The budget for India this year received a great round of applause, for its dependability. Prime Minister Narendra Modi came to government with a majority in the lower house of parliament, but the opposition party, still controls the upper house. However, there isn’t a lot to be concerned about because steps are being taken to speed up the passing of laws, and these executive orders aim to fast help the need for land acquisitions, solely for industrial advancement.
Economic reforms are aiming to erase longstanding concerns for investors, who hope that the barriers to growth and investment, will be finally removed. Social security has been greatly debated as one of the ideas that will be rolled out under Modi’s government. Levelling to help reduce poverty lines and the deprivation scale, it goes well with the measures introduced to lower taxes on numerous local businesses, who pay too high of a tax rate, than can be deemed affordable in today’s present economic climate.
The new government wants to slash the tax rate to a 25percent from a 30percent, and this gambit is hopefully going to be rolled out with the next four years. This slash in tax rates can help India battle more successfully and gain a competitive streak amongst, neighbouring and transnational competitors. The gap in revenues is hoping to be accommodated by placing a greater tax on the superrich, but that is the least of India’s challenges because out of an 800mn working-age population, only 35mn Indians pay income taxes. New initiatives are being offered to tackle this black market activity that has spurned out, because of tax evasion, such as displacing money offshore.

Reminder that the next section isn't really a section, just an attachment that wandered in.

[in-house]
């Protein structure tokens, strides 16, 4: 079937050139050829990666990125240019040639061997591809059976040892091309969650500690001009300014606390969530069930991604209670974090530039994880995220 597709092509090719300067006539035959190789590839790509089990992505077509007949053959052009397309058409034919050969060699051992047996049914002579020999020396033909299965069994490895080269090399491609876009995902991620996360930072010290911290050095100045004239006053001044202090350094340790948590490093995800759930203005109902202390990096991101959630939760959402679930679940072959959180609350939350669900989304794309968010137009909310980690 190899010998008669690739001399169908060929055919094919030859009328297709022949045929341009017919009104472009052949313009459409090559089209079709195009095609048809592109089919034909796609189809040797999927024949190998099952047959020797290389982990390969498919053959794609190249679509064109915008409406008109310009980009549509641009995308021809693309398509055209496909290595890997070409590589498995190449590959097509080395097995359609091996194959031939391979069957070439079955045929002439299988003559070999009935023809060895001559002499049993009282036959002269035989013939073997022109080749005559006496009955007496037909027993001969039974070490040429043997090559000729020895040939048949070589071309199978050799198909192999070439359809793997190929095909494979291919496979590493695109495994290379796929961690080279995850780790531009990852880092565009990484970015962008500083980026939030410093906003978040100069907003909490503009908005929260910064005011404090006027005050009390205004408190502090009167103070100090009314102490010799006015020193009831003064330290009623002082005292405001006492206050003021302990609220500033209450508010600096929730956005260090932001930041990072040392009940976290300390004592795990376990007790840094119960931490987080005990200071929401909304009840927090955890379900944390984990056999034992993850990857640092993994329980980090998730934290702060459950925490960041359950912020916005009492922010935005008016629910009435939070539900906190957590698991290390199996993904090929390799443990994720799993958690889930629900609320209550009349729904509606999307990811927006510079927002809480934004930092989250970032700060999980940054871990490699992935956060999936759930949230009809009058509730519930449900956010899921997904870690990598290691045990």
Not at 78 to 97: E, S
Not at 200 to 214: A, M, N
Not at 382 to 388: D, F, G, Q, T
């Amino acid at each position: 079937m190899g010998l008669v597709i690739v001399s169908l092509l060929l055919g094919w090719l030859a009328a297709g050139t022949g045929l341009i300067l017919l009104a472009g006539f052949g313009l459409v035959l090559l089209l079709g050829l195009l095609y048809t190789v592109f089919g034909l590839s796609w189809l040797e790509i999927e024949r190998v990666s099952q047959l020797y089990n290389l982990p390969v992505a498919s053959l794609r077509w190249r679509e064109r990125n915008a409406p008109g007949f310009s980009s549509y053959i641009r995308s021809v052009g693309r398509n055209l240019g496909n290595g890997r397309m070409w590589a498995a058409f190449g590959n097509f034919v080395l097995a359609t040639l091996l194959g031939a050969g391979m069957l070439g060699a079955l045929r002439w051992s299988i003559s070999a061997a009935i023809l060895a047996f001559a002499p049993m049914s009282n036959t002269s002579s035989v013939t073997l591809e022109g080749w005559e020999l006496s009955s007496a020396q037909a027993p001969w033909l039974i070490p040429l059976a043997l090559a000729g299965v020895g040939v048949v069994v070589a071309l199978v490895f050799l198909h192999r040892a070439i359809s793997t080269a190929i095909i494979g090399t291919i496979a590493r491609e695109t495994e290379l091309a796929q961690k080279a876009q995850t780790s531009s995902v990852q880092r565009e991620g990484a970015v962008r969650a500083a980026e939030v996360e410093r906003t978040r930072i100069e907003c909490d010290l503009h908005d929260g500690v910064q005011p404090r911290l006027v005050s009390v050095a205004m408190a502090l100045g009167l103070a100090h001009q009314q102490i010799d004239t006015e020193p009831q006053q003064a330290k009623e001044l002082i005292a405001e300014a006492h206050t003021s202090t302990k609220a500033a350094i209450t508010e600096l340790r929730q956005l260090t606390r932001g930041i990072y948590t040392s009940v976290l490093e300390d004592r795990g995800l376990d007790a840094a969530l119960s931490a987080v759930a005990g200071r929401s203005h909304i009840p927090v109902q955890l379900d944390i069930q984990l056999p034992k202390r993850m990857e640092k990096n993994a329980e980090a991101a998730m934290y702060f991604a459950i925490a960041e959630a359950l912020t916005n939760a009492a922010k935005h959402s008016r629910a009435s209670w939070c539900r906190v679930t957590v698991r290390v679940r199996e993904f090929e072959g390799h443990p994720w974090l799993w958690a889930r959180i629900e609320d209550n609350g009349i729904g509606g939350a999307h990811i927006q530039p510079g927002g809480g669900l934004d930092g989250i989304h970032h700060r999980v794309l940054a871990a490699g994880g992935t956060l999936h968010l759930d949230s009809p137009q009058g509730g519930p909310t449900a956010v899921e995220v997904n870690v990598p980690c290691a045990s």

Further off the subject of reigning in greater economic spending, is what can be done to increase the rate of development. There needs to be more disbursements on infrastructure, and the next year should see $11.3bn shelved primarily for projects like building more railways. Railways in India are mostly half-broken and creasing under age, so it is important to invest in this initiative. There has been talks of the creation of a sovereign fund to shelve for projects, but this is not helping ease investment concerns or address what would happen if the slow economic growth rate bubble suddenly decides to burst; perhaps including a sovereign-gold bond, would be a better proposal because gold monetisation could help investors accumulate more wealth.
Modi’s first budget was not impressive on most grounds, but specifically speaking, it lacked the kind of approach required to tackle wide-ranging economic deficit, but he has had months to prepare for the second. Industrial projects need to jumpstart the economy, they cannot be stalled, to address concerns over how these lands are meant for poor farmers, because as far as addressing the wealth agenda is concerned, that is an area that has also been taken into account. On the subject of poverty alone, numerous enterprising concepts such as welfare programs for the poor have been introduced. It remains to be seen, if India, soon to become the most densely populated country in the world, can urbanise itself better, while at the same time deal with the economic deficit, in a far better fashion, than before.